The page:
It is the love and encouragement of readers that give an author the hope and strength to write more
Vol 2 | Issue 34
I've just been asked to submit the manuscript of my second novel to a big Indian publisher. For the past couple of months, I didn’t have to drag myself out of bed and fight the insane traffic to make it to work.
I didn’t have to jump out of the shower, rummage through my closet for something to wear, burn the toast, drop the glass of milk and send the kids off to daycare at the crack of dawn.
Full of hope: The writer (in picture) is encouraged by her readers who do everything to promote her novel
At work, I don’t have to fight for parking, stand in line for an insipid lunch at the office cafeteria and drink five cups of coffee to keep my brain cells active.
Yes finally, I get to do what I like to do most -stare at the newly painted walls of my house and think of imaginary characters participating in a twisted and complicated plot. Some days I get two acceptable pages of writing down while other days, almost all of what I write, lands in the trash.
It is only when I switch on the television or listen to the radio news, that I feel the tension twisting inside my stomach like a slowly moving knife. The depressive news echoes inside my head even when I fight to keep it out. “American economy is entering into double dip recession, the housing market is showing no signs of recovery, the unemployment numbers remain high and the job market will not bounce back anytime soon.”
“C’mon you know you are good at what you do. You can always find another job. You can go back to work when your novel is finished,” I try to convince myself.
But then self-doubt replaces all my conviction and that nasty voice in my head, the one I have come to dislike very much, whispers, “Why will anyone hire you after a long break? Will you ever find a position in this job market? Will you retain your software skills? What if you are asked to get re-certified and start over?”
These are the days I feel my decision to do full-time writing is a tragic mistake whose consequences will hurt me for a long time. I am a first generation immigrant in North America-my life should be one of sacrifice and struggle.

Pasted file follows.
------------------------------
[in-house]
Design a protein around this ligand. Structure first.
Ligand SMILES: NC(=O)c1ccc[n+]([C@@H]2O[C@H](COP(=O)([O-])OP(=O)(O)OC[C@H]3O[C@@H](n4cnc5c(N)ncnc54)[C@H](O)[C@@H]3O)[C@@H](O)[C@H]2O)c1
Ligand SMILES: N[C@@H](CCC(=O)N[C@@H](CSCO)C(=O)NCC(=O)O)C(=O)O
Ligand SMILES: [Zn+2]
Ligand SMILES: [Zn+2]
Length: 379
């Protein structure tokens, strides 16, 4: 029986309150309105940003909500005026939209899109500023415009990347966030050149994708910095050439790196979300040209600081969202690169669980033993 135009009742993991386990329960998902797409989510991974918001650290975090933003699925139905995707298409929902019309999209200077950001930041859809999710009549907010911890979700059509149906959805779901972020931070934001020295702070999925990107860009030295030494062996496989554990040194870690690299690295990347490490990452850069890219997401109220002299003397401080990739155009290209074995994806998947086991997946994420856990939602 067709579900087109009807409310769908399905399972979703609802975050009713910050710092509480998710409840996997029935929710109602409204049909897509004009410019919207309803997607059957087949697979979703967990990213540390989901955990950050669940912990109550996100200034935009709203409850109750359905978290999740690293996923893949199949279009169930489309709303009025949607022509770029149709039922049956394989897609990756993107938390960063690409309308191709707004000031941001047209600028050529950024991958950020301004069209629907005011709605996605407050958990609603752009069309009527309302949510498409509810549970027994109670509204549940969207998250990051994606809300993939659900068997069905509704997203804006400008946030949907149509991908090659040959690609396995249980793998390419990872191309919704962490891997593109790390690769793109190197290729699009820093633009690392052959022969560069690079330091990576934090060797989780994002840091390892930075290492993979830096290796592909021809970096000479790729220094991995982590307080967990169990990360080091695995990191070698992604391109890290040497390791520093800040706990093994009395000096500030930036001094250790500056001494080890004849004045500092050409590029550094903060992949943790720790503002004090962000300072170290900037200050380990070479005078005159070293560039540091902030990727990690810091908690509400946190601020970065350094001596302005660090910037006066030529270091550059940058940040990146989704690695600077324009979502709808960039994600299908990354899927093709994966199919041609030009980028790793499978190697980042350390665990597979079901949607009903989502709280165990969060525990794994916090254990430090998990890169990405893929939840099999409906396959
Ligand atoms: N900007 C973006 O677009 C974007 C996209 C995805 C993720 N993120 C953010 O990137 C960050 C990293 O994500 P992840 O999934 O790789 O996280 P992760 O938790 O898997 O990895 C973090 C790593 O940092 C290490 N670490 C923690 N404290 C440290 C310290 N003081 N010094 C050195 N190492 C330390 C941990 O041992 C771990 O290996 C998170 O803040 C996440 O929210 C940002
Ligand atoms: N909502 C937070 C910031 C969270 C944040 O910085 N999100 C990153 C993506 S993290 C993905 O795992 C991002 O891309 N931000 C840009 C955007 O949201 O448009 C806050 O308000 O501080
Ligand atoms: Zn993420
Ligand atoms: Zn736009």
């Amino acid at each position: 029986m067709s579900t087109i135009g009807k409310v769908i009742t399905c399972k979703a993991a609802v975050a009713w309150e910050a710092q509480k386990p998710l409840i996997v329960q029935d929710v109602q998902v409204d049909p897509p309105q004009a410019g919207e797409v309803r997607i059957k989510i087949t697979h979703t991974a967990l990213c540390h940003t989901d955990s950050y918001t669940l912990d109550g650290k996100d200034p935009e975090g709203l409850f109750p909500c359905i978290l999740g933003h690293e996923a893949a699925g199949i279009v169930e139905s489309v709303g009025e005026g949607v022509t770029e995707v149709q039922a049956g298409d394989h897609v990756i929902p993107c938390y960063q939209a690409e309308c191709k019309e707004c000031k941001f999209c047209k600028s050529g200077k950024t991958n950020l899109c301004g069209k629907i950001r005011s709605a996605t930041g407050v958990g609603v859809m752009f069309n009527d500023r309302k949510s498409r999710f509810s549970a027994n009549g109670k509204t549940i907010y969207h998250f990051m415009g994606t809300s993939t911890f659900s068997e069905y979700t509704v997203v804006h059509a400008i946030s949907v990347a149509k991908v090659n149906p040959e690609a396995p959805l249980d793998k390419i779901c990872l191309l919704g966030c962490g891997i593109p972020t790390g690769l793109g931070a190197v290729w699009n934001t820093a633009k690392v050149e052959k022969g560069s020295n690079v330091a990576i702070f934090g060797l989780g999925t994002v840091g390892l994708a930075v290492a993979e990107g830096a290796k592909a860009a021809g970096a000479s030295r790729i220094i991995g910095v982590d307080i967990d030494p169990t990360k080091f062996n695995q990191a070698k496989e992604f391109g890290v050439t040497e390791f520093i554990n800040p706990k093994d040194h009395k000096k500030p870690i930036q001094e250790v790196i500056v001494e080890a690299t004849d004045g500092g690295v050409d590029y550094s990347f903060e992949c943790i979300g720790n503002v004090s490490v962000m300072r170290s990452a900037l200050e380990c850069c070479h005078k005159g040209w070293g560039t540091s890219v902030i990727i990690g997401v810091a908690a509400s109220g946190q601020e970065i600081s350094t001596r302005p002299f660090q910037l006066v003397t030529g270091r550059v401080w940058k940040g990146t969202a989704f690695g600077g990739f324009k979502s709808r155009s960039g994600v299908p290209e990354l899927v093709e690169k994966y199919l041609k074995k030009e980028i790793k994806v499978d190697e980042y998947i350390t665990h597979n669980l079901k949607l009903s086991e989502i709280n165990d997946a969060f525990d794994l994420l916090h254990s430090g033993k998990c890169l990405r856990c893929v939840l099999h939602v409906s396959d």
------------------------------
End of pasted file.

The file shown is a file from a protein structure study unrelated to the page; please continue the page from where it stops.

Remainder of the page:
I am here to sow the seeds so the next generation can reap the harvest. I should not be allowed to have options, to have this kind of privilege where I get to do what I like to do.
I should be thinking of my salary, benefits, 401K plan like every other American…..not chasing some fictional characters and an impossible dream. “Social security will not be around when you retire,” whispers that annoying voice in my head. I shudder.
It is only when my confidence recedes and I feel the ground under my feet slipping away, that I look at all the messages I receive from my readers on a daily basis. My readers (many of whom are now my face book friends) do everything in their power to promote my book.
They write blogs about the book, participate in discussions, visit my website, buy my book, review my book for magazines, interview me and then publish the interviews in respectable magazines. I have not received so much love and encouragement from my own family and I did not expect any of this from people who I have never met.
If I am suffering through the financial crisis and feeling insecure, my readers live in the same world and face same amount of worry. Despite that, they take time away from work, children, chores and hobbies, just to support me in my writing.
If I am a crazy/ impractical writer pursuing a challenging dream, then all I can say is there are many crazy dreamers out there just like me. No amount of bad news, rough economy, and a turbulent world is going to dampen their enthusiasm.
These are hungry….very hungry for good literature. These people, my readers, my friends who fight for what they want, despite the obstacles, keep me going and give me hope. I am a writer for them and because of them.
The writer, Saborna Roychowdhury, is author of the novel, The Distance and is based in Houston